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QR1863 Commemorate Lawrence

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QR1863 Commemorate Lawrence

QR1863 Commemorate Lawrence

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An illustration, On to Lawrence, of Quantrill and his men preparing to attack, by Jay Donald, circa 1883

On to Lawrence, Kansas - Kansas Memory

James Lane was one of the targets of the raid. He escaped the attack.

James Henry Lane - Kansas Memory

Josiah C. Trask was killed during the raid

Josiah C. Trask - Kansas Memory

The old Dutch windmill, constructed by 14 men from Sweden beginning July 1, 1863, was destroyed during the raid and rebuilt in 1864

Dutch windmill in Lawrence, Kansas - Kansas Memory

Explore Freedom’s Frontier National Heritage Area and experience from many viewpoints the strong freedom story that runs along the Missouri Kansas border.

#QR1863 The Watkins Community Museum, administrated by the Douglas County Historical Society, encourages civic engagement by supporting the research and interpretation of county history through active exhibits and thought-provoking educational programs.

1863 Commemorate Lawrence – Footbridge across ravine

1854-1850 DGCO Bleeding KS

1863 Commemorate Lawrence @

1863 Commemorate Lawrence

Lawrence: Civil War

John Brown, who led a band of band of abolitionists during the Pottawatomie Massacre after the sacking of Lawrence in 1856. Photo courtesy of Watkins Community Museum of History

Sam Jones, the Douglas County sheriff who sacked Lawrence in 1856. Photo courtesy of Watkins Community Museum of History

#QR1863 Illustration of Quantrill's attack on Lawrence, Kansas, August 21, 1863

  • GeoVenturing Watershed-Marshal
    GeoVenturing Watershed-Marshal

    The Lawrence Massacre, also known as Quantrill's Raid, was a rebel guerrilla attack during the American Civil War by Quantrill's Raiders, led by William Quantrill, on the pro-Union town of Lawrence, Kansas. The attack on August 21, 1863, targeted Lawrence due its reputation as a center for Jayhawkers and Redlegs, which were free-state militia and vigilante groups known for attacking and destroying farms and plantations in Missouri's pro-slavery western counties.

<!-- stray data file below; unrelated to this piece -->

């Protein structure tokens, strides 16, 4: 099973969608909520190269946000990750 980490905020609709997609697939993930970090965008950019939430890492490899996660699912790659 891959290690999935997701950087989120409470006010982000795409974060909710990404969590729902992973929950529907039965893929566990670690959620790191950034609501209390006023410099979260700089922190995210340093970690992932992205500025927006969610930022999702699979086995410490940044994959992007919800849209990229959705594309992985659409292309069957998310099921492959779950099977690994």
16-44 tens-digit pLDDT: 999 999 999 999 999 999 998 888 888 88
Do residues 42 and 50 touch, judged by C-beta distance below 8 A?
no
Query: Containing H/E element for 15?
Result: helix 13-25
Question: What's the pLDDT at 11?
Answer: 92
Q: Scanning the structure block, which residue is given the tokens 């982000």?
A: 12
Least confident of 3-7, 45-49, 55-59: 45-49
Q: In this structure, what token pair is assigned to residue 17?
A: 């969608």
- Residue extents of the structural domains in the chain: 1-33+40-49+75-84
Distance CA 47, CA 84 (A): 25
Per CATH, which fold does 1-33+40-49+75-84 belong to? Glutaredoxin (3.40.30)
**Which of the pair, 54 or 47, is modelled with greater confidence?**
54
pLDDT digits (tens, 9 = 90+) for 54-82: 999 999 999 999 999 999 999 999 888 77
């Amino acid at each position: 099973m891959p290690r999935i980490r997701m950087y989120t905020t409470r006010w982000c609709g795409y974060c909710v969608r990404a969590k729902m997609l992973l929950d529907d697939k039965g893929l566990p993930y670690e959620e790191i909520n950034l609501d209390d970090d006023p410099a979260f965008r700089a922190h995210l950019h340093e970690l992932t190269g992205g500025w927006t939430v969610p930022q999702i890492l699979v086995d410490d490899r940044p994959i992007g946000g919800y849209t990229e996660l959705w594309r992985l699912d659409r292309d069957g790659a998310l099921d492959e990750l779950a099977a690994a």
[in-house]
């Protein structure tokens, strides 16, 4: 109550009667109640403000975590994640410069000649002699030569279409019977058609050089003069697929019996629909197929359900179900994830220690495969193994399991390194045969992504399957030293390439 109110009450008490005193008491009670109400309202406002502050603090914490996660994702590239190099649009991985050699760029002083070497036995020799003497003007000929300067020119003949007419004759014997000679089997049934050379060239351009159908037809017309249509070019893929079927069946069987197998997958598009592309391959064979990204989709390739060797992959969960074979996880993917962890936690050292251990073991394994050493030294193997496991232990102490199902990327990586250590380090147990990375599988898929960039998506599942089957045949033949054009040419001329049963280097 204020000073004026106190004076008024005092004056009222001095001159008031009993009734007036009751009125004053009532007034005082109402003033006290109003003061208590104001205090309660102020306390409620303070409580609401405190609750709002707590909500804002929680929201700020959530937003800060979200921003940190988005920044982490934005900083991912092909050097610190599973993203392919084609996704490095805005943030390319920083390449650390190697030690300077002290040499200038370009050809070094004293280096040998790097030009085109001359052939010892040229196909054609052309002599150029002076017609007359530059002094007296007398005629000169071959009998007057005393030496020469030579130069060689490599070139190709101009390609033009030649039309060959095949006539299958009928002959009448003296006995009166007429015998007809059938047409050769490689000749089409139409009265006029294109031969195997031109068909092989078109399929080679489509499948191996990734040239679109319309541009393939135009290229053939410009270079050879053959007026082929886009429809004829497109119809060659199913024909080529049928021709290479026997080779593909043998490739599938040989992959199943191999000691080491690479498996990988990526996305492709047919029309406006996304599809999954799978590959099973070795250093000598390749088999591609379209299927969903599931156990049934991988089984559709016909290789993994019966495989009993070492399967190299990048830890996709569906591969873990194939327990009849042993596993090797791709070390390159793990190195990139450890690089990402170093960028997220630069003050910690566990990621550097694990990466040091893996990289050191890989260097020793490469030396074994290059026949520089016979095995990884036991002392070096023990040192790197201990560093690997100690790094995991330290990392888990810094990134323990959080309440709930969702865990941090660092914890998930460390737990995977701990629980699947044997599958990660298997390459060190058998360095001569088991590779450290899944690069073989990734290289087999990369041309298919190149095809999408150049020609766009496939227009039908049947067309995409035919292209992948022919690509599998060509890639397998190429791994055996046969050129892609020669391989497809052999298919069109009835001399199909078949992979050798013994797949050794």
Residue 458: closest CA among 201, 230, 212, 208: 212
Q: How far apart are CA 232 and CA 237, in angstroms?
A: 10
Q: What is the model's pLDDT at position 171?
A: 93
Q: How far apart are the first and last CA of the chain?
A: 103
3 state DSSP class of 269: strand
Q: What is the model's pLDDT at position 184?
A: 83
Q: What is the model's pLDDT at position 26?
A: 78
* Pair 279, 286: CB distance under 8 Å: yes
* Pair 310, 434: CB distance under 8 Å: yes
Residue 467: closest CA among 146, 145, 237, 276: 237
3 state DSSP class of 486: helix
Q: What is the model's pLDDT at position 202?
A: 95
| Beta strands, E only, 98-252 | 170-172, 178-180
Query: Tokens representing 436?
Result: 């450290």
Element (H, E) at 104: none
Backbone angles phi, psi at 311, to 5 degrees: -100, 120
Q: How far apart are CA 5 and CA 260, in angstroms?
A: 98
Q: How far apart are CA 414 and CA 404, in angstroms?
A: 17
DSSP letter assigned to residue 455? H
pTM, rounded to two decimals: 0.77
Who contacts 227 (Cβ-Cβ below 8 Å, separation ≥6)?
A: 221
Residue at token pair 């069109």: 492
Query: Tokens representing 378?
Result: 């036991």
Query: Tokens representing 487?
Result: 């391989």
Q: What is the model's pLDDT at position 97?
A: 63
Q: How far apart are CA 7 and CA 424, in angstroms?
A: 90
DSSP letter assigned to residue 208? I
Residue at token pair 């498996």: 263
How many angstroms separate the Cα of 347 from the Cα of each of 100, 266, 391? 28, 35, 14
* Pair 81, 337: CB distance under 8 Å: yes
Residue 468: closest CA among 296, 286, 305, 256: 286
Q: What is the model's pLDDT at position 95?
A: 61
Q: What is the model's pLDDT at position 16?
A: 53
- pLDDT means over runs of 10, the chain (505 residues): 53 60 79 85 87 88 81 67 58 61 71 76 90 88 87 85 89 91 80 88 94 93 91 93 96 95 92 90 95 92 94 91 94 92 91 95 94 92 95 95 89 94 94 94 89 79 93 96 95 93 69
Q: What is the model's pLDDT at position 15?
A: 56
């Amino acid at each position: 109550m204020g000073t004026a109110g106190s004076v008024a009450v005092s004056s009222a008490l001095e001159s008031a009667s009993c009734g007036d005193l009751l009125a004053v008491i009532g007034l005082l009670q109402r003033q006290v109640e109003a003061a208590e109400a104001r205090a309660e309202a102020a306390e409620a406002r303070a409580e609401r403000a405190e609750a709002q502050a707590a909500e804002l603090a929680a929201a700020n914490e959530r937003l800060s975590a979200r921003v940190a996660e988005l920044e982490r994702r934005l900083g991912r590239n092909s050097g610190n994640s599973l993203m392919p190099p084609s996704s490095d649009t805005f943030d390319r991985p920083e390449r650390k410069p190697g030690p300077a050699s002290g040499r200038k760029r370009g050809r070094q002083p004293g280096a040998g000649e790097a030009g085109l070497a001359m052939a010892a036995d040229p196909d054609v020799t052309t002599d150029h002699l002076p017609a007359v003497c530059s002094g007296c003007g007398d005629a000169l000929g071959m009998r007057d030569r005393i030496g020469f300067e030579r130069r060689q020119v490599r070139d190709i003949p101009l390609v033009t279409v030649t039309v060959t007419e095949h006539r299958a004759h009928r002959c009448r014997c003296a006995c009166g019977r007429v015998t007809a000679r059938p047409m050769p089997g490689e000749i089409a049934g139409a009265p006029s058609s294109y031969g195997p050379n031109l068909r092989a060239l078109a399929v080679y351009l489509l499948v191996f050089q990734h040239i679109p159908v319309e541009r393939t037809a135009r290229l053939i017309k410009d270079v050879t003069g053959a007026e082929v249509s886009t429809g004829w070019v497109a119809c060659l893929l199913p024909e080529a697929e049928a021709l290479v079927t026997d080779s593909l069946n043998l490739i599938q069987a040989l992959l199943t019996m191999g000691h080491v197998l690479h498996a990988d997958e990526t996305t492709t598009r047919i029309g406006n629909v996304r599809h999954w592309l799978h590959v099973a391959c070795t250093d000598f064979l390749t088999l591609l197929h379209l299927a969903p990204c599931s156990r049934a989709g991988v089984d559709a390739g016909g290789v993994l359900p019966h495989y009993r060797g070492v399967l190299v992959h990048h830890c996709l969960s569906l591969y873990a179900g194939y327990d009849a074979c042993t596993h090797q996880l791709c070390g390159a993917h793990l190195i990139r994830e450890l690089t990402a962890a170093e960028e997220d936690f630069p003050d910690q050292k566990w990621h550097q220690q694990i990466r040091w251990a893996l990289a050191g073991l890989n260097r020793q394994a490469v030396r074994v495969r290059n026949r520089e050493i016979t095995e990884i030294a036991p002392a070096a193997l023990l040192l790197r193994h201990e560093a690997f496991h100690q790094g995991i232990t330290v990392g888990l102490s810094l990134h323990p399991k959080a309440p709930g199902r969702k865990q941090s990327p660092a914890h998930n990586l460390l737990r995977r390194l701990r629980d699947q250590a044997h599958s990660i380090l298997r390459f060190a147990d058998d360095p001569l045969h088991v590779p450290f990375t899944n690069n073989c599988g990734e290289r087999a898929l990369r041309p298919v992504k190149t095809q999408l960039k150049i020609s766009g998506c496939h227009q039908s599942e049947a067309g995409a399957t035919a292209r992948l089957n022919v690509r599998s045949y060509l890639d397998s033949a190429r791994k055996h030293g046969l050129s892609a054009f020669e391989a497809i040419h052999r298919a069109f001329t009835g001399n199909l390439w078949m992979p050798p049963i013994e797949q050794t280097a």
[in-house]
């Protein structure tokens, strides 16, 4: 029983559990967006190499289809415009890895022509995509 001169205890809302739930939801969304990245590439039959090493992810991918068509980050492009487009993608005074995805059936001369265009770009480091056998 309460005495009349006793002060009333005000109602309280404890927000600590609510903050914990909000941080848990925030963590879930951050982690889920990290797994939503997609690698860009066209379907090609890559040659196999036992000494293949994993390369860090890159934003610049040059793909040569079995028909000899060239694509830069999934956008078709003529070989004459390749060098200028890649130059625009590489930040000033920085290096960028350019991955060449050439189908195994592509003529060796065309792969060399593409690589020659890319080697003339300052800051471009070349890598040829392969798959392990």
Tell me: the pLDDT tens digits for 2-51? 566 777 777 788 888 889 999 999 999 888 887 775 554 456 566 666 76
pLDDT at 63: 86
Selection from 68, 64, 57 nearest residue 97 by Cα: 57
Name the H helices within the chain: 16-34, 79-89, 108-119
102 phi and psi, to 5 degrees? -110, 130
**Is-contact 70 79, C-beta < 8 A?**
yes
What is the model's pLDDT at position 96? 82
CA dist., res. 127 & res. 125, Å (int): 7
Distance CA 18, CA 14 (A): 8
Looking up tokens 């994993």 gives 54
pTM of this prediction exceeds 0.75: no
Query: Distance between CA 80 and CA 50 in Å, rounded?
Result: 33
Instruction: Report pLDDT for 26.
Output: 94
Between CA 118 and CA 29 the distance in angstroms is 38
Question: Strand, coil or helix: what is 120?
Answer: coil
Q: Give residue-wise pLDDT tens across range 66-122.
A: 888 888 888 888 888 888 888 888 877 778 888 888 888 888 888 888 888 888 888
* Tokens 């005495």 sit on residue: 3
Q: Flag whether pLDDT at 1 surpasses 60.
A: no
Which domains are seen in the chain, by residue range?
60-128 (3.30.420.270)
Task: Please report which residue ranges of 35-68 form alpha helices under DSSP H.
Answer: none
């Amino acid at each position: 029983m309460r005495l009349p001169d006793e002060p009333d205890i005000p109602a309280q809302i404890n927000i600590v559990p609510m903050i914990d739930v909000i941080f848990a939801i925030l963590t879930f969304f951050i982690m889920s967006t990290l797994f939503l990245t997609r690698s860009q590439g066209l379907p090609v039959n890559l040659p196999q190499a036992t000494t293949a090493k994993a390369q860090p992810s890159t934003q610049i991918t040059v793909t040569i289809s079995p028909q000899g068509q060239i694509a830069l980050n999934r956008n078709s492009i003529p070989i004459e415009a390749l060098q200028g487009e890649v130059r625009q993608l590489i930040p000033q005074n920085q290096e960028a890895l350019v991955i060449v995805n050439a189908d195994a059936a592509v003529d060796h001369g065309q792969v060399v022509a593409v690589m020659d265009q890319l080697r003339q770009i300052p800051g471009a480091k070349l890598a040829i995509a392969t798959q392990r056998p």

The ruins of Lawrence, Kansas, following attack by William Quantrill and his Confederate raiders. 1863

Confederate leader William Clarke Quantrill led a raid on Lawrence, Kansas August 21st 1863, which became known as the Lawrence Massacre.

Abraham Lincoln, the 16th president of the United States, served from 1861 to 1865. Lincoln was president during the Civil War and was elected based on his unwillingness to expand slavery. In 1863, he signed the Emancipation Proclamation, freeing the slaves in Confederate states. He was reelected in 1864, but was assassinated at Ford's Theater April 14, 1965, just days after the war's end. (Lawrence Thornton/Getty Images)

Ruins of Lawrence following the Lawrence Massacre (1863). The Massacre and the Civil War is a significant part of Lawrence's identity.

Charity McCorkle Kerr and Nannie Harris, relatives of William Quantrill's men. Killed in 1863 in the jail collapse. The jail was intentionally weakened by Union soldiers in many reports and collapsed; this killed 6 ladies,(all under the age of 20) and paralyzed a few more. Along with theft, murder of innocent civilians, torture by hanging, and many other atrocites daily perpetrated by Yankee soldiers intent on revenge, Quantrill finally realized the raid into Lawrence was necessary.

William Clarke Quantrill (July 31, 1837 – June 6, 1865), was a Confederate guerrilla leader during the American Civil War. Quantrill led a Confederate bushwhacker unit along the Missouri-Kansas border in the early 1860s, including the infamous raid and sacking of Lawrence in 1863.

Photo: A painting depicts Quantrill's raid on Lawrence. A painting depicts Quantrill's raid on Lawrence. Quantrill and a band of men had been meeting in the hills southeast of Kansas City and making forays into Kansas. Quantrill attacked Olathe one night and stole considerable property. One person was killed. Most of the raids were for plunder, but the raid on Lawrence on Aug. 21, 1863, according to the Rev. Richard Cordley, was deliberately for slaughter.

On This Day in History, August 21, 1863: William Quantrill's band of guerillas attacked Lawrence, Kansas and killed 180 men and boys. Pictured c. 1913 are widows and other survivors who came together 50 years later to honor anniversary of the event.

#QR1863 Rising Phoenix statue Lawrence, KS by Jim Brothers where the city rose from the ashes of arsen multiple times including In 1863 during Quantrill's Raid or The Lawrence Masacre

OX2ZT5V :: Quantrill's Attack on Shawneetown @ www.opencaching.c... William Quantrill Raids Lawrence, Kansas, 1863 One of the most vicious attacks of the American Civil War. ... William Quantrill came to Kansas in 1859 and found employment as a school teacher. @ www.eyewitnesstoh...